Before you start writing, make a mind map to reflect on the language you use to describe yourself. It doesn’t have to obey any conventions. If identifying yourself by race, ethnicity, or gender is important to you, put it down. If you want to think beyond that, consider other elements that define you — your family, interests, or hobbies. Once you’re done mapping, write over your portrait in any way you like.
For my portrait, I thought about where I grew up and where I’m living now. Then I came up with an impromptu poem and painted it on top of the black silhouette with white gesso.
Building your portrait
At this point, you have three complete portraits. You might consider installing them flat on the wall in various configurations, but for the purposes of this project, we want to see how adding more dimensionality—showing certain parts, obscuring others—changes the effect of the portraits. You can do so in two different ways: 1) by building a cardboard stand for your portraits or 2) by crossing two portraits together.
To build your stand, take two rectangular pieces of cardboard and cut three notches in each. Then, install your profiles by sliding them into the notches so that they stand upright. If you find that your paper is too floppy, you can always back it with a piece of cardboard or cardstock. Play around with the order and orientation of your portraits. How does it change your perception of the piece? The stand also allows you to easily play around with how the pieces collapse and expand by changing the angle of the cardboard.
Another way to install these portraits is to take two and cut one down its center from the top to the mid-way point and cut the other down the center from the bottom up to the mid-way point.
Then, when you slide them together, they create a multi-sided profile that stands on its own, with a different dimensionality. You can spend more time decorating the different sides so that each quadrant can tell a different story.
Once you’re done, take a few minutes to pause and think about your portrait. When you look at it, you’ll hopefully realize that it starts to change the way you see yourself and the way you see other people.
Thank you so much for participating in this activity! And thank you so much to the Wassaic Project for having me to be a part of this educational initiative. If you'‘d like to share what you’ve created, please email photos to email@example.com.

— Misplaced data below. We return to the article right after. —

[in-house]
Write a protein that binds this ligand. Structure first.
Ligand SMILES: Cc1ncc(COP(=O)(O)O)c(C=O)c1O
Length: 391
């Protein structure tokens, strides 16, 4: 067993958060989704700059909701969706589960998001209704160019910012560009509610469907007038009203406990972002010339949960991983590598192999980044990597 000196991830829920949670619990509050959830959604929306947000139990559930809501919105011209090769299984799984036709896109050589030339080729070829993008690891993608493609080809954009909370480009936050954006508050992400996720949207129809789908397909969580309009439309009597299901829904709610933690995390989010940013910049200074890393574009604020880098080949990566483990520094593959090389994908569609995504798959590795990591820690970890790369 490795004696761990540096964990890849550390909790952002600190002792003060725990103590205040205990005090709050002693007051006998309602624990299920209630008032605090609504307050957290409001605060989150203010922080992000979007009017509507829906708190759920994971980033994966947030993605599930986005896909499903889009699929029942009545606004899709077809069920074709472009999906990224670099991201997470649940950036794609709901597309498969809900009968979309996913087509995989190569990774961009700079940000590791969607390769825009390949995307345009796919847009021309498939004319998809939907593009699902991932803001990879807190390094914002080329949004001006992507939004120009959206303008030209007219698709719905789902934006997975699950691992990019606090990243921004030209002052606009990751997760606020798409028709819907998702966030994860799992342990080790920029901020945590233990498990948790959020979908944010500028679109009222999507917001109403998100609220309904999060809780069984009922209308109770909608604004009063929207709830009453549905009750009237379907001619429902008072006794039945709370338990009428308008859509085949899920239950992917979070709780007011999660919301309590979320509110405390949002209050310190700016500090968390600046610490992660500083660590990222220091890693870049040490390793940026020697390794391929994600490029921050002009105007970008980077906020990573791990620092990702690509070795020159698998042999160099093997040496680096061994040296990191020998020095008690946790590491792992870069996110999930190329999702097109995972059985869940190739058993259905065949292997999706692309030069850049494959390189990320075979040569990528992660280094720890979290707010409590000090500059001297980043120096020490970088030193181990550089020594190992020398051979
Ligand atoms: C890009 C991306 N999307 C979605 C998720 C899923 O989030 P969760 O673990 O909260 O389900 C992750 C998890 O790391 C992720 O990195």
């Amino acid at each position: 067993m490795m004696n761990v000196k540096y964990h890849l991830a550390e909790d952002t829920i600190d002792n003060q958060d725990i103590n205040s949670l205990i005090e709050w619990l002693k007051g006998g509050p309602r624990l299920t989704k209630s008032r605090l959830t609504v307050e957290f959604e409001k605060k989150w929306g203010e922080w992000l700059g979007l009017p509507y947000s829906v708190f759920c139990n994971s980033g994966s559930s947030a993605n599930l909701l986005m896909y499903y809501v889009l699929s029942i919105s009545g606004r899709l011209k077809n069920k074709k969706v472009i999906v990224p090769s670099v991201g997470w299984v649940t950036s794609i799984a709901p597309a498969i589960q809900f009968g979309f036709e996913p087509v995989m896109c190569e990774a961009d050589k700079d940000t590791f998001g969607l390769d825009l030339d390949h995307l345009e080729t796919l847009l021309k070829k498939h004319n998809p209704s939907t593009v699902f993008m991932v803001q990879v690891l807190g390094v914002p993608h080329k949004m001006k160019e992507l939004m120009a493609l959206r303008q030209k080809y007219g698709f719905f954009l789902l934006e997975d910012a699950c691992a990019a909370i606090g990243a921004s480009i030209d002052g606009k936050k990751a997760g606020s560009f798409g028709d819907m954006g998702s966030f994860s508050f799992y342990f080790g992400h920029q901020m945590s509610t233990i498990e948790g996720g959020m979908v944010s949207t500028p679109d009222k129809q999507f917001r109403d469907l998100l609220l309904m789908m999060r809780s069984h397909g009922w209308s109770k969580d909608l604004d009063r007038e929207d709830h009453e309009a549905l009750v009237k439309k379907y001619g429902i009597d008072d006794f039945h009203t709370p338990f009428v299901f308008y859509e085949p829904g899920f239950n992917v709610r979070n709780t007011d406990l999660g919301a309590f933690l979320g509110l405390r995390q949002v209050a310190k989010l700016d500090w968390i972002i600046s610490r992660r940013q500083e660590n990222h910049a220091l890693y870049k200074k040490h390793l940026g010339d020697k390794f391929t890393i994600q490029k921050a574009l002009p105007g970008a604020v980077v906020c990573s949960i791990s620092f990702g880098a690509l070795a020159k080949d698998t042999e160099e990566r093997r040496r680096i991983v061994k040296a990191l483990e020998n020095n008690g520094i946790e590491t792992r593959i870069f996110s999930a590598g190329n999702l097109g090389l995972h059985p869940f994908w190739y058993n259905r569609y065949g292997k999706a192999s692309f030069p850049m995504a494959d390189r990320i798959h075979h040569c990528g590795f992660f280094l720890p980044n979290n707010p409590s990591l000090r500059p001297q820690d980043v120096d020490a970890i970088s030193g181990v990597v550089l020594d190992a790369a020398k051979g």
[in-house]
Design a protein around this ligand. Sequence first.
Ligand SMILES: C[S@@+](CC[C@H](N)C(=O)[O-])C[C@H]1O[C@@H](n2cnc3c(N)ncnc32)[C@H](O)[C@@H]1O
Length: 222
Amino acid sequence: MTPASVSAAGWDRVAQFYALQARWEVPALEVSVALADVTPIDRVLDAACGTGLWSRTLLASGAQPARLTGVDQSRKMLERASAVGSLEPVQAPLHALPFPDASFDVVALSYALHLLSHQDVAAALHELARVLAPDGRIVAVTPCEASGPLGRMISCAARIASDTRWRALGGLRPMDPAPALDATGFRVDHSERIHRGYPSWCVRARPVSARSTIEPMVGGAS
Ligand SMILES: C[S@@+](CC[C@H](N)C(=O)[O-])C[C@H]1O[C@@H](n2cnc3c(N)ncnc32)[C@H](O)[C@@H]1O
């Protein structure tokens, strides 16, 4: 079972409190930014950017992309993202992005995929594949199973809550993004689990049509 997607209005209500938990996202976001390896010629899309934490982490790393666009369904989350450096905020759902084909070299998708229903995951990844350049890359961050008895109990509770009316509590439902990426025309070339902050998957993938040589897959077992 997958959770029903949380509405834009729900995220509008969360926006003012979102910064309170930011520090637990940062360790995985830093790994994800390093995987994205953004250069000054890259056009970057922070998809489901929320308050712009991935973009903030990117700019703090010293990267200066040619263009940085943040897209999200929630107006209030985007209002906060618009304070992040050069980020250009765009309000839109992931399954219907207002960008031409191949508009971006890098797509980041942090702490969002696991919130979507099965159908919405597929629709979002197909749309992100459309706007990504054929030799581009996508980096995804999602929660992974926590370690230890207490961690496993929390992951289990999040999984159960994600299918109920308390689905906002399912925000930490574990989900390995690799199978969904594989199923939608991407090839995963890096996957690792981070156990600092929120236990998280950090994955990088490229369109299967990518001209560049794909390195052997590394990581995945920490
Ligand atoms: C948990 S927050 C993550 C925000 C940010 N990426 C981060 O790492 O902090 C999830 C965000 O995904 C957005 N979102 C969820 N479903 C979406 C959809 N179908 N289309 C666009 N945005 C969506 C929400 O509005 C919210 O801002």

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If you are an educator looking to adapt this lesson plan for a unit on American history — especially units about race, ethnicity, and identity — please also look into Teaching Tolerance and the Zinn Education Project. These are incredible online resources with tons of different lesson plans organized by grade level so you can find what’s most appropriate for your class.
Another resource I would like to share is a text by James Baldwin called “A Talk to Teachers.” I think it’s a really important essay to read, especially if you’re feeling overwhelmed or challenged by the current political situation, or dealing with difficult topics in the classroom. It explains how we as educators must always adopt a critical stance and remind ourselves that we too are learning — and that part of being an educator is to help students to become more critical of the society that they are living in so that they can make it a better place.
Tiffany Lin is a visual artist, wordsmith, and dreamer. Her work examines how power is expressed in the subtext of American vernacular. Through a multidisciplinary practice that spans drawing and performance, she demonstrates how language is deployed tactically to conceal white hegemony under a framework of neutrality while non-white bodies are marked as conditional. Lin holds a MFA from the Maryland Institute College of Art in Illustration Practice and a BA in Gender & Women's Studies and Psychology from the University of California, Berkeley. She currently lives and works in Las Vegas where she joins the Department of Art at the University of Nevada, Las Vegas as a Visiting Assistant Professor.